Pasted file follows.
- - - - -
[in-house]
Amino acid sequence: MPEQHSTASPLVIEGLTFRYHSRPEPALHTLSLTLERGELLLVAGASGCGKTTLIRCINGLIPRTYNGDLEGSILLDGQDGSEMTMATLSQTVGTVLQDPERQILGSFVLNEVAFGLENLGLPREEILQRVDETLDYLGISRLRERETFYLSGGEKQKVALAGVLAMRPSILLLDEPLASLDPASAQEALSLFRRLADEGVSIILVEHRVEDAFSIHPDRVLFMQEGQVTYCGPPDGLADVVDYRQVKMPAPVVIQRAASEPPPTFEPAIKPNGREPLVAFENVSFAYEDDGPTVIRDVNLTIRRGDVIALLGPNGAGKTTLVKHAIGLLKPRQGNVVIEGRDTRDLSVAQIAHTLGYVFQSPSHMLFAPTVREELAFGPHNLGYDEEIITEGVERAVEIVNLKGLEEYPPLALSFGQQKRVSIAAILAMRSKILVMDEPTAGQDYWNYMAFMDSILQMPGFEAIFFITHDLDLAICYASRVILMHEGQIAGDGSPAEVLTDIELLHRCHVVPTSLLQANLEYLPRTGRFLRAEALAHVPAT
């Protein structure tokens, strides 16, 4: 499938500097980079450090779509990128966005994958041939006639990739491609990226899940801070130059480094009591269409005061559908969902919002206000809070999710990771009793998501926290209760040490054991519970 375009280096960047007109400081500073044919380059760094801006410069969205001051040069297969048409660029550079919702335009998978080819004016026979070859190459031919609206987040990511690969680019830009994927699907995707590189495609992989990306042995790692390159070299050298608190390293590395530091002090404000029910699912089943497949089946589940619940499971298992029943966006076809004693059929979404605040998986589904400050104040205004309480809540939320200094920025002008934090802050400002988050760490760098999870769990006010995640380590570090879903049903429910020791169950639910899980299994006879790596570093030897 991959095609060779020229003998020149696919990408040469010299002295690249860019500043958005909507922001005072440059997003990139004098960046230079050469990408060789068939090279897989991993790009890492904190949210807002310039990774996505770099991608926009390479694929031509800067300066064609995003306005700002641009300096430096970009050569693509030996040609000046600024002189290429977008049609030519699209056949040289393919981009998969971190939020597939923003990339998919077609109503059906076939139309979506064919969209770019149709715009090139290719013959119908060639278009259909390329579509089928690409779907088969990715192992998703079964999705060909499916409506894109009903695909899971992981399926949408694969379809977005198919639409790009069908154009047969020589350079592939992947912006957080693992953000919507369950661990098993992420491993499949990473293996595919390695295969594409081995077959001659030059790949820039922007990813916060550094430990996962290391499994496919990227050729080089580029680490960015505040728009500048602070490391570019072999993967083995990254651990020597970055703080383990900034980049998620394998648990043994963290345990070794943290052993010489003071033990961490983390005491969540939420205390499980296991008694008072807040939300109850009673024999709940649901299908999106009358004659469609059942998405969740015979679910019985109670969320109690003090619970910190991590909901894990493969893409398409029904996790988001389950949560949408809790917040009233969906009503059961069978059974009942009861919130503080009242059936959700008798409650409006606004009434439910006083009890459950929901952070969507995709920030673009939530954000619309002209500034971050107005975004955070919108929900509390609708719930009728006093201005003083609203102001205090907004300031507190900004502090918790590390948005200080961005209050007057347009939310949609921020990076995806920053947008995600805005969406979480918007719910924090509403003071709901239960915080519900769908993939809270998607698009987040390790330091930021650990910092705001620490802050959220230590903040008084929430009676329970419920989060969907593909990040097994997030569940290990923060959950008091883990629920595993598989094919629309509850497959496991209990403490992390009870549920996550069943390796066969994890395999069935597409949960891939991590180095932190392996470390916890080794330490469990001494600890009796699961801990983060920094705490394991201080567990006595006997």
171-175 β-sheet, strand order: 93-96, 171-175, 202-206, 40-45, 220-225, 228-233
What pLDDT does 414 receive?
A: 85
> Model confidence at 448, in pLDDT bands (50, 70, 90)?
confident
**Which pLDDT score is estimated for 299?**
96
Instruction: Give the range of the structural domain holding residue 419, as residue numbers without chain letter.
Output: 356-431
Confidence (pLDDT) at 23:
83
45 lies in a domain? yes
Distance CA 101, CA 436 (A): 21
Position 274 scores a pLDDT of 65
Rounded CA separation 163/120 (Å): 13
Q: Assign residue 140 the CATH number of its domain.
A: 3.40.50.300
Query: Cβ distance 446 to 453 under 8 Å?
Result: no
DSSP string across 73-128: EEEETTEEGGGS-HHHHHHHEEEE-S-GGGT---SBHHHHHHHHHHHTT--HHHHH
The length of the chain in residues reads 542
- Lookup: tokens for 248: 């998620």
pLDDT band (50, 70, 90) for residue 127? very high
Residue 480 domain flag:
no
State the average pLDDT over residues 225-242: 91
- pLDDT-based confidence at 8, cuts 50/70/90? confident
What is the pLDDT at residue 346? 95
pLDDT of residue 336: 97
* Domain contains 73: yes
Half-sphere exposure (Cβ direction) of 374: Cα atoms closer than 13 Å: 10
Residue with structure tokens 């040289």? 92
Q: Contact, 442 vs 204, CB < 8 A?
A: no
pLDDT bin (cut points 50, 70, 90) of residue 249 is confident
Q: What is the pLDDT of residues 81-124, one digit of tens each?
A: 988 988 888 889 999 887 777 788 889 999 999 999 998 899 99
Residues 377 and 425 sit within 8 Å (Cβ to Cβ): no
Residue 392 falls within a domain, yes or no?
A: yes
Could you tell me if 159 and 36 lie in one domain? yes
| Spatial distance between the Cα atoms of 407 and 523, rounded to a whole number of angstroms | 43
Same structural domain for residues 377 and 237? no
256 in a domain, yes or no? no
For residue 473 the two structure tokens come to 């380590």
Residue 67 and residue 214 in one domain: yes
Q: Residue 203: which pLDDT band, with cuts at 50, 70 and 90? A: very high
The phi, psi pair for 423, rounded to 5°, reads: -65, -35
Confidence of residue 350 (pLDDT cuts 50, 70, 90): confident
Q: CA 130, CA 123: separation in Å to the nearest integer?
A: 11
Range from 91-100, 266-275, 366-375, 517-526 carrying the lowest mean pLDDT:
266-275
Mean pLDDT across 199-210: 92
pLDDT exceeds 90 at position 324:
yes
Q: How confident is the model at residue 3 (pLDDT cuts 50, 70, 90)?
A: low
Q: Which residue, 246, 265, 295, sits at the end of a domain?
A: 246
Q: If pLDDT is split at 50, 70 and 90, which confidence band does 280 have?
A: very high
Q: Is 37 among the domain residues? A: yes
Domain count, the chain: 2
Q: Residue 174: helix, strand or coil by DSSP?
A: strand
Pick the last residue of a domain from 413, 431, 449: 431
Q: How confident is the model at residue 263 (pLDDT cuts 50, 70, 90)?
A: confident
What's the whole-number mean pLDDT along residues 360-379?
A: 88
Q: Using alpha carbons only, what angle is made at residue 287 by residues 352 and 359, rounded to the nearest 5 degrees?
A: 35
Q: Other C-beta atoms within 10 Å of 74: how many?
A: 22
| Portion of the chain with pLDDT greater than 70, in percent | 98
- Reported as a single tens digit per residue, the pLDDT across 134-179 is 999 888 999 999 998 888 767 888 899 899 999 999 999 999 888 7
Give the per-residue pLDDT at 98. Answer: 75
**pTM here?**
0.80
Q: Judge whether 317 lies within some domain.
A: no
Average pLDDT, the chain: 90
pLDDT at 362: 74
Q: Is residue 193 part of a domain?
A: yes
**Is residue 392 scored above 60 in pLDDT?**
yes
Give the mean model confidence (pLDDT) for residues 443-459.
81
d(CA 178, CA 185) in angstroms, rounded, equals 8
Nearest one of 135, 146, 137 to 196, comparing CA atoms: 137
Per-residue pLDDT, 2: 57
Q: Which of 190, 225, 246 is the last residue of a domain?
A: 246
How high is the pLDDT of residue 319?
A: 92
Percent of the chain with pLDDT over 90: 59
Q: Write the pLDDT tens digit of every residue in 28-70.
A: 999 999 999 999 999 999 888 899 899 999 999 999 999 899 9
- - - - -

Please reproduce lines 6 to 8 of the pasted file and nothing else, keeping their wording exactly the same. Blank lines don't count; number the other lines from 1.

A: 85
> Model confidence at 448, in pLDDT bands (50, 70, 90)?
confident